Last Updated on May 5, 2015, by eNotes Editorial. Word Count: 661
In Gather Together in My Name, Angelou appears to be aimless, drifting through the late teenage years of her life. She hardly seems fit to be a conventional hero or role model in this tale. In fact, as the story of a young woman confused and without direction, the book might be more appropriately titled “gather together in my names”: As Marguerite, Rita, Reet, Maya, My, Sister, Sugar, and Miss Johnson, Angelou assumes many personas throughout the story. In addition, she takes on the roles of cook, waitress, madam, army recruit, dancer, prostitute, restaurant manager, and chauffeur. Beyond the book’s confusion, however, Angelou offers insight into a range of experiences, providing helpful advice about the pain and trauma of growing up African American and female in the United States.
Angelou’s story is not always a happy one. Despite the authority of the older and wiser Angelou that guides the writing, the voice of a troubled and often confused younger woman resonates throughout. Yet Angelou does not judge harshly her teenage pregnancy or the drug use, prostitution, and crime that are central elements both in her own life story and in those of the people with whom she comes in contact.
It is ultimately with a tone of wisdom and confidence that Angelou shares what she comes to view as the ill-informed and often bad choices she made during these years in her life. After she learned that her child had been kidnapped, she writes, she wanted desperately to cry. Instead, she squared her shoulders and concluded that “I had been stupid, again. And stupidity had led me into a trap where I had lost my baby. I tried to erase L. D. Tolbrook from my mind.” Since “melting down on the pavement in tears of frustration would not have changed the fact” that her baby was missing, Angelou set off to right her wrong. As often happens in the autobiography, she was able to turn tragedy to triumph, to learn from her mistakes.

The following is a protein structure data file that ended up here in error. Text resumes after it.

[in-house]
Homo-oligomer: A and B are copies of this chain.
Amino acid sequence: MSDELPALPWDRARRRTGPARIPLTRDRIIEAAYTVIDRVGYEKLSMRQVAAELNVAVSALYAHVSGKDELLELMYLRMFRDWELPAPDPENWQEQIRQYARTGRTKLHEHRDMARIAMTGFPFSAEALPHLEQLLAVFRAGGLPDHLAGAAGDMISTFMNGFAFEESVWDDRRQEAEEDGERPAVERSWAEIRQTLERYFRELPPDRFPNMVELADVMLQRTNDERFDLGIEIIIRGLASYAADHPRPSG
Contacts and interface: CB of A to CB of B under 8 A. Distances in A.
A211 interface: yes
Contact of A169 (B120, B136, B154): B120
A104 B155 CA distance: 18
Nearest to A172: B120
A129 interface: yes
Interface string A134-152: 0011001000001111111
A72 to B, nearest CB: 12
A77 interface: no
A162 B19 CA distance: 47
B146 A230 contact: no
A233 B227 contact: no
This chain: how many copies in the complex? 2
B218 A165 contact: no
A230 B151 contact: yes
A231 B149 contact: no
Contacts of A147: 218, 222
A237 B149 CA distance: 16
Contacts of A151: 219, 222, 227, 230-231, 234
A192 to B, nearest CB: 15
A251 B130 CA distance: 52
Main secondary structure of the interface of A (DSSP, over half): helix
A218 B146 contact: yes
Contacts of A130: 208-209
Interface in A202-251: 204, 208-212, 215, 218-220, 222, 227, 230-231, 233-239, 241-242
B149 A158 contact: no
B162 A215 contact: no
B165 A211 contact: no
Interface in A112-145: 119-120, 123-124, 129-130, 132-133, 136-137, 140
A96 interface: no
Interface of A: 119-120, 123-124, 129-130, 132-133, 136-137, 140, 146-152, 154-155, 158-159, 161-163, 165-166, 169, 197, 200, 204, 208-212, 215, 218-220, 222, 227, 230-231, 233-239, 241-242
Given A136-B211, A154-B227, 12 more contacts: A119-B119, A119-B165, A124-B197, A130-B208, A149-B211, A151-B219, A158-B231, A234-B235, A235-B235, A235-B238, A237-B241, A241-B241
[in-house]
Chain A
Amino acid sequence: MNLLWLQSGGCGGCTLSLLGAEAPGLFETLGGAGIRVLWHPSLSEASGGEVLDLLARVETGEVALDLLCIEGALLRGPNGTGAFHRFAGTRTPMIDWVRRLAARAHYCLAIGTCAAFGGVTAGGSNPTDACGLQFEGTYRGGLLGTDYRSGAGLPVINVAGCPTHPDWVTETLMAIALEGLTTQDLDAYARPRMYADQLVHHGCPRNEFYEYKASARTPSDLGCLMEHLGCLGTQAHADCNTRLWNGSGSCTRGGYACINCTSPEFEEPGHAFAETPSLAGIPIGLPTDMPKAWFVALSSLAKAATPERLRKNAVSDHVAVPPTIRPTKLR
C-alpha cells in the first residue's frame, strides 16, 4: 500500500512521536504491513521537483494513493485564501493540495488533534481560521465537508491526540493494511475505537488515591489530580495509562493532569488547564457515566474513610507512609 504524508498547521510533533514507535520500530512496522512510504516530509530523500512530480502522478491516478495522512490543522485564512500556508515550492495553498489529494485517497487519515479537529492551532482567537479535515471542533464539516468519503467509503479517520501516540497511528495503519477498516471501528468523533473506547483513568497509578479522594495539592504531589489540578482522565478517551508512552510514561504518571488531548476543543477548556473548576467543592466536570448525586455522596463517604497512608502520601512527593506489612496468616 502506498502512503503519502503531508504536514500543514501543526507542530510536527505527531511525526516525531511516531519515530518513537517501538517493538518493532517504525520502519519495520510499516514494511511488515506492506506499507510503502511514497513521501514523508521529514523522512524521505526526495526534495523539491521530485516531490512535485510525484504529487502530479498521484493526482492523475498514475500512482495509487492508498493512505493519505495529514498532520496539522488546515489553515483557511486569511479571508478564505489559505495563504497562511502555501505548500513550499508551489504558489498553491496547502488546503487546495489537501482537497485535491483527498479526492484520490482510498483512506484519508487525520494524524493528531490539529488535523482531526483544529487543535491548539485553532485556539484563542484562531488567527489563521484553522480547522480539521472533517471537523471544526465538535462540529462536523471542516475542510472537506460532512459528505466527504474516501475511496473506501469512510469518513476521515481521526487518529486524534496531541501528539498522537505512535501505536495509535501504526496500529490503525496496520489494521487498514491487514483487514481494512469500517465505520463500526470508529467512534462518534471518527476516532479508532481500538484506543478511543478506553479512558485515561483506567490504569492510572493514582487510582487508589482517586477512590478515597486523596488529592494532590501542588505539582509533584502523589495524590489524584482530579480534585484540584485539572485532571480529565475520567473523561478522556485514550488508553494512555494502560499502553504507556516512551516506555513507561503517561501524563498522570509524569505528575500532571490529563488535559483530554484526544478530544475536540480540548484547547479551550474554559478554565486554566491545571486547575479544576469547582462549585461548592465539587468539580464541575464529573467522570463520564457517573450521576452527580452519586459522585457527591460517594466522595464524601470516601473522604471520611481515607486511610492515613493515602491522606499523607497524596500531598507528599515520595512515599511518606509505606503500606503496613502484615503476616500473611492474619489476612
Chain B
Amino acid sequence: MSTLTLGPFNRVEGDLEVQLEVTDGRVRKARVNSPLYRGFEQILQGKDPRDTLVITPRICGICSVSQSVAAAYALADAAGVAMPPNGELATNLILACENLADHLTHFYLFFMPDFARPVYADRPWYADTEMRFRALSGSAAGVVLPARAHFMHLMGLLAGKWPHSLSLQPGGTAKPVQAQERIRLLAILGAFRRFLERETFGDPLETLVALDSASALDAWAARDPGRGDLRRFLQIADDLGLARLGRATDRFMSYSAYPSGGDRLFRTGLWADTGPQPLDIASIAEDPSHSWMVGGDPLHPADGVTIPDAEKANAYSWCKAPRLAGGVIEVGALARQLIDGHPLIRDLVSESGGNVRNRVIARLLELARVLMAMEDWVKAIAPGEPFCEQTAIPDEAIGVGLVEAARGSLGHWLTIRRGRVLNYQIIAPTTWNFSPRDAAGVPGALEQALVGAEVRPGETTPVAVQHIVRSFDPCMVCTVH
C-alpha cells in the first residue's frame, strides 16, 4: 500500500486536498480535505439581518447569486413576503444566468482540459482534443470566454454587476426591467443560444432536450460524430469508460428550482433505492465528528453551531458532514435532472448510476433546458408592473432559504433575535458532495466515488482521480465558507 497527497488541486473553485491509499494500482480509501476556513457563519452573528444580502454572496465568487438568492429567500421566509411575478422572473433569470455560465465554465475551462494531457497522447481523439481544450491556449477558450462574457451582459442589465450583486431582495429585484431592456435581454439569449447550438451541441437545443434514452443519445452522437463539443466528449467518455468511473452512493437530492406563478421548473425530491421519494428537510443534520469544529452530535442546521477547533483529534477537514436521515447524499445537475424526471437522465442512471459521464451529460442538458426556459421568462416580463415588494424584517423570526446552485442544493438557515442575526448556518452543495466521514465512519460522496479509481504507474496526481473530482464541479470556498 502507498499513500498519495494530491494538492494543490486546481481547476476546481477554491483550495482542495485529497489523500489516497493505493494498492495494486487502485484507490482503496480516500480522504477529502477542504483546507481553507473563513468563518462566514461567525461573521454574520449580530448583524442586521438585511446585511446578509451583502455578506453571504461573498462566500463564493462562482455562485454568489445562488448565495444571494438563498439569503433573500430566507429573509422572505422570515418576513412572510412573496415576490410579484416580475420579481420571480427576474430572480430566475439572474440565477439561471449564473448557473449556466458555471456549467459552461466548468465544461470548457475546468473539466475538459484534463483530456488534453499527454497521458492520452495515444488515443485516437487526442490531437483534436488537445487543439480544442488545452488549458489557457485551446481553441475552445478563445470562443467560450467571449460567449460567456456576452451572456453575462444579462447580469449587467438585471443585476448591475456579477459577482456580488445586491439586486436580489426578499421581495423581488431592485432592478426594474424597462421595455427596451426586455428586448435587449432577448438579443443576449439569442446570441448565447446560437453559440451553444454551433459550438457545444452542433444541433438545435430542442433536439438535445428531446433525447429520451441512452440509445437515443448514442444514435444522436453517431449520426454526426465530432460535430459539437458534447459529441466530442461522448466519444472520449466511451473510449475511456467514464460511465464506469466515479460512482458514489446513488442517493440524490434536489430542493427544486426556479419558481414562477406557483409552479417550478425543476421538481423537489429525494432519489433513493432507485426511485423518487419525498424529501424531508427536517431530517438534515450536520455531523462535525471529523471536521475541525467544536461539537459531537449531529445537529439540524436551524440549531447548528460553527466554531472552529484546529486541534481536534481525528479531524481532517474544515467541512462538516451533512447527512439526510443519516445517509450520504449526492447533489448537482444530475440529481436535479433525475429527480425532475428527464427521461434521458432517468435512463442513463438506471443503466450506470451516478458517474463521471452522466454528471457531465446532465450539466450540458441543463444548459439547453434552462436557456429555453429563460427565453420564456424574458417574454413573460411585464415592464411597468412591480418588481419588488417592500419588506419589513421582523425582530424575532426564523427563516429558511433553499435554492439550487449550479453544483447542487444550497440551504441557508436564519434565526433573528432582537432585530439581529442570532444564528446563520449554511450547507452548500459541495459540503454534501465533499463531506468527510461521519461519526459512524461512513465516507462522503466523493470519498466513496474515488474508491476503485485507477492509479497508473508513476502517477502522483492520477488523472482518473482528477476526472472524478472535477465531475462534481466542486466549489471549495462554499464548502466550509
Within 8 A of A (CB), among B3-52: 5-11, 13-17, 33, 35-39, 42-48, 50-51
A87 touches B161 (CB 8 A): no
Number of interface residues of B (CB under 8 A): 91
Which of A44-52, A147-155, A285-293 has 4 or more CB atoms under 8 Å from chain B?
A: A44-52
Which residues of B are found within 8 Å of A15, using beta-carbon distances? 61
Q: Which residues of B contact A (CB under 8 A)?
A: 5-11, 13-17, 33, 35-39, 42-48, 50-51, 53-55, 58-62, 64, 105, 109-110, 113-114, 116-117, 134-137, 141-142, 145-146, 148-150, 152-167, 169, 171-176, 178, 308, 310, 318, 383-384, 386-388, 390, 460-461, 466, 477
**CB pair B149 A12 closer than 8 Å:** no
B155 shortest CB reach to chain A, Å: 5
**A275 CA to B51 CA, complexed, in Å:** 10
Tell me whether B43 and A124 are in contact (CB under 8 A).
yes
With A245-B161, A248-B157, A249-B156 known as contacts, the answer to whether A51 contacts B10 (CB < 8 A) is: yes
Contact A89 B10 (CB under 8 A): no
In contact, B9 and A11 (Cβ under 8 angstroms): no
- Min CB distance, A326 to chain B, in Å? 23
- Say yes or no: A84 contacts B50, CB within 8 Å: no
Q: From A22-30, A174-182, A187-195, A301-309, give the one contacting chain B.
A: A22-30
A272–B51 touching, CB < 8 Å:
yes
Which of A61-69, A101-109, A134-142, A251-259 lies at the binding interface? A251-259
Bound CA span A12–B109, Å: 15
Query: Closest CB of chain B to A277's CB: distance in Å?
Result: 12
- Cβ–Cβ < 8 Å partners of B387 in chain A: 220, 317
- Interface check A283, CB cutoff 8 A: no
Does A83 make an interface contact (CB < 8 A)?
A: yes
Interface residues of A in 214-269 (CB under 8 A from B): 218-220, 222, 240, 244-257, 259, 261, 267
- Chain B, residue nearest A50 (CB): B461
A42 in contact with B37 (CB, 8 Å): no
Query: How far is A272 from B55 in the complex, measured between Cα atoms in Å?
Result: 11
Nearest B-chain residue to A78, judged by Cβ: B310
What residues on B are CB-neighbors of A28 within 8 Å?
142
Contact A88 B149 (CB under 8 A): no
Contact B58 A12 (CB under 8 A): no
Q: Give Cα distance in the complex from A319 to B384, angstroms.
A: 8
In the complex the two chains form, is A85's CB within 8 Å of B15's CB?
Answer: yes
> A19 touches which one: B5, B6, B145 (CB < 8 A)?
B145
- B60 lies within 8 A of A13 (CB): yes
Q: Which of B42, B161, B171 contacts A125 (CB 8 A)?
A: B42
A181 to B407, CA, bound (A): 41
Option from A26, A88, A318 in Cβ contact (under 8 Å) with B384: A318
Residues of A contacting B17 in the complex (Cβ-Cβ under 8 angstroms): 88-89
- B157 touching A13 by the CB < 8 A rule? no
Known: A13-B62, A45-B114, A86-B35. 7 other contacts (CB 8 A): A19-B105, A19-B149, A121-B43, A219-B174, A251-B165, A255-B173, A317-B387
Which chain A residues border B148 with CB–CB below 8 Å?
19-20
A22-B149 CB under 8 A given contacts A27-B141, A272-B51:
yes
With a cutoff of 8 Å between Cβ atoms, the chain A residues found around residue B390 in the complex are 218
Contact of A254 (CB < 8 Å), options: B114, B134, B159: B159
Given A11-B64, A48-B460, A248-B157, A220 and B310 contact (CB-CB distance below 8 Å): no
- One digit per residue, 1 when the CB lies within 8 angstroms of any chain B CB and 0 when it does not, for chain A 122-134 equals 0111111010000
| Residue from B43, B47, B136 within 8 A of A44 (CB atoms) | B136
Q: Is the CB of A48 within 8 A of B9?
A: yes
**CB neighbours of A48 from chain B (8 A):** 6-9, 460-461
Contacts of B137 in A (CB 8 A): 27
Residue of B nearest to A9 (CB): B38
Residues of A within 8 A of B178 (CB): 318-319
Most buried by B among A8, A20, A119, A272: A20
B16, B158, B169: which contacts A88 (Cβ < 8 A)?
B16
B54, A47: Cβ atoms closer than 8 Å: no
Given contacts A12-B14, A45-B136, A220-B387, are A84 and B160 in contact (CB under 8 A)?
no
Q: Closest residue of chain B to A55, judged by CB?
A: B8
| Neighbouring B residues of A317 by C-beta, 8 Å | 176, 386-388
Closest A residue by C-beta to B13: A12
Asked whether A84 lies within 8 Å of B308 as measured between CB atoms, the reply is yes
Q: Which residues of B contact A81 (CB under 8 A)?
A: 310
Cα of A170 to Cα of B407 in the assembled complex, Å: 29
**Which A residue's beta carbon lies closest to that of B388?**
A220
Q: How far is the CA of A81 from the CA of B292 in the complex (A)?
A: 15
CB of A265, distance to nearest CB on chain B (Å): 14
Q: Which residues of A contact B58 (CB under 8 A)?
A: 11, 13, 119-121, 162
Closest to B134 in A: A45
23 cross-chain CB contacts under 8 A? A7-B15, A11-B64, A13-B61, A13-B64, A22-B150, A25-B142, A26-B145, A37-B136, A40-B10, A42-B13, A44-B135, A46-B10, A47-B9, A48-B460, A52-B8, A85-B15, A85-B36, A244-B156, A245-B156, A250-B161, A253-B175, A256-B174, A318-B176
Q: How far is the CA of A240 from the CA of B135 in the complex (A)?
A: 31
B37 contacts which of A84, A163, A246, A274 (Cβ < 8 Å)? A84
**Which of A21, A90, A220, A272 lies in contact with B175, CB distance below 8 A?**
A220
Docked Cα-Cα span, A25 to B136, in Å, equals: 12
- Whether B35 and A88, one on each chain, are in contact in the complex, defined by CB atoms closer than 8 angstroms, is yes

Through the support and love of her immediate family, particularly her mother and older brother Bailey, Angelou finds solace and a support system that sustains her through crises. Her mother Vivian constantly urges her to “be the best of anything you get into.” She tells Angelou, “If you want to be a whore, it’s your life. Be a damn good one. Don’t chippy at anything. Anything worth having is worth working for.” In her various exploits, Angelou seems to keep this advice in the front of her mind. She suggests that, by using her life as an example, the reader can and should do the same.
As Angelou reflects upon the injustices based on race and gender that have shaped her life, she offers examples of the coping mechanisms and spirit of survival and courage that allowed her to triumph in the face of difficulty. Even as a confused young adult, she is ultimately a role model worthy of respect and admiration. Angelou intends the episodes in her life to be instructive. She does not wallow in self-pity or waste a moment on regret. Time after time, young Maya is knocked down but quickly picks herself up, brushes herself off, and moves on. In this way, the reader is invited to learn from her mistakes.
In the course of the autobiography, Angelou’s path from innocence to a wiser maturity is, in a sense, marked by a return to innocence. After a friend forces her to watch him shoot heroin to deter her from turning to drugs to solve her problems, Angelou concludes Gather Together in My Name by noting that “I had no idea what I was going to make of my life, but I had given a promise and found my innocence. I swore I’d never lose it again.” It is this path to innocence through awareness that makes the writer’s story a compelling and inspirational book for young adults.